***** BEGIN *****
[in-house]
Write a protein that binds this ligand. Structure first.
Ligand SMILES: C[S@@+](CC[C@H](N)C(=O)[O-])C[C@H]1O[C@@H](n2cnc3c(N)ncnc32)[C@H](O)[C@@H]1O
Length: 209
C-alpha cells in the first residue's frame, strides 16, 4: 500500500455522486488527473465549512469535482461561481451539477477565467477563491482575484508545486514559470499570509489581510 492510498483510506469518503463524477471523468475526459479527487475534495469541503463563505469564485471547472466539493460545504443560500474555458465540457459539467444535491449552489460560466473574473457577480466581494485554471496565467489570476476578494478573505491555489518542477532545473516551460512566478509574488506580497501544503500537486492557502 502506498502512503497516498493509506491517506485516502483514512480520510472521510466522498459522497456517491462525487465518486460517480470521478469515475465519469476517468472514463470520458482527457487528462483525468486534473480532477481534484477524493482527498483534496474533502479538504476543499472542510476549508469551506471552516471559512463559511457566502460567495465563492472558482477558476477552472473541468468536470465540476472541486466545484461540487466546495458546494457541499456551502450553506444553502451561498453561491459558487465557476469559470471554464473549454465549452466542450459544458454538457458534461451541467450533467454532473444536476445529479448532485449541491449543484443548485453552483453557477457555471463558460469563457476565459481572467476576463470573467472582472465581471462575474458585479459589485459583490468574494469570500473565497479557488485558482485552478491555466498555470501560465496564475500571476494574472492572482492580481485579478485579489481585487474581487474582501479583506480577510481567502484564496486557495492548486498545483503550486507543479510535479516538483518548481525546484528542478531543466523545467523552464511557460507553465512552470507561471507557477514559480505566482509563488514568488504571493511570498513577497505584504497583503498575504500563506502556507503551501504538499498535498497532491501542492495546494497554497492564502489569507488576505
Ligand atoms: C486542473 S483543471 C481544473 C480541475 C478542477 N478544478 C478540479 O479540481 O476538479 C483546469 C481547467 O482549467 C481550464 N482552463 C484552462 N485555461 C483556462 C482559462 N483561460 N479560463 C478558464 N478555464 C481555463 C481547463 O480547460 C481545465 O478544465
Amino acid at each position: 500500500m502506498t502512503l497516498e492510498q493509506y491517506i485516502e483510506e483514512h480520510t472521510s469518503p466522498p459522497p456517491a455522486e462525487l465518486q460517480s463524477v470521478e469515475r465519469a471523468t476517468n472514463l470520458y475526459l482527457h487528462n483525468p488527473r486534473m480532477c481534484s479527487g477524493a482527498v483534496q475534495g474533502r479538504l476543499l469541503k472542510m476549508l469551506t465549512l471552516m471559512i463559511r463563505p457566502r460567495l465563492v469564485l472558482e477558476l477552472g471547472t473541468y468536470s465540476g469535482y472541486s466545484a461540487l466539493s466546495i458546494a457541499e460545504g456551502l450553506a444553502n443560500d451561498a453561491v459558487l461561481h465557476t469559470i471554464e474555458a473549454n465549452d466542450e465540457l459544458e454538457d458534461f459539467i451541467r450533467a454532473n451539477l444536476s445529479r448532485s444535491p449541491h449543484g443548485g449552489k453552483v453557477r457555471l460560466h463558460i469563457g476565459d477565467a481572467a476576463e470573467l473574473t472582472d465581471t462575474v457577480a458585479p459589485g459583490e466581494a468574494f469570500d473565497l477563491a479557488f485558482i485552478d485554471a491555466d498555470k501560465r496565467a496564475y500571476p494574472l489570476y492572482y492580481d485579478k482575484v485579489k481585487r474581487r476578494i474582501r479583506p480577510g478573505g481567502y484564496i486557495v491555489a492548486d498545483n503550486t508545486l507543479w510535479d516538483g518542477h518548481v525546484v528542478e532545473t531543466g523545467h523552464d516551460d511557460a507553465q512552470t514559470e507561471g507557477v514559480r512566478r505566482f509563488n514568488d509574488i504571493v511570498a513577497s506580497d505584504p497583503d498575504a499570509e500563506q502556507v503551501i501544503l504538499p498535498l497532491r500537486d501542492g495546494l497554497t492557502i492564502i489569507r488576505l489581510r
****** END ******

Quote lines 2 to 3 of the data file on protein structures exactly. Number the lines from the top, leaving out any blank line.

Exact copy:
Write a protein that binds this ligand. Structure first.
Ligand SMILES: C[S@@+](CC[C@H](N)C(=O)[O-])C[C@H]1O[C@@H](n2cnc3c(N)ncnc32)[C@H](O)[C@@H]1O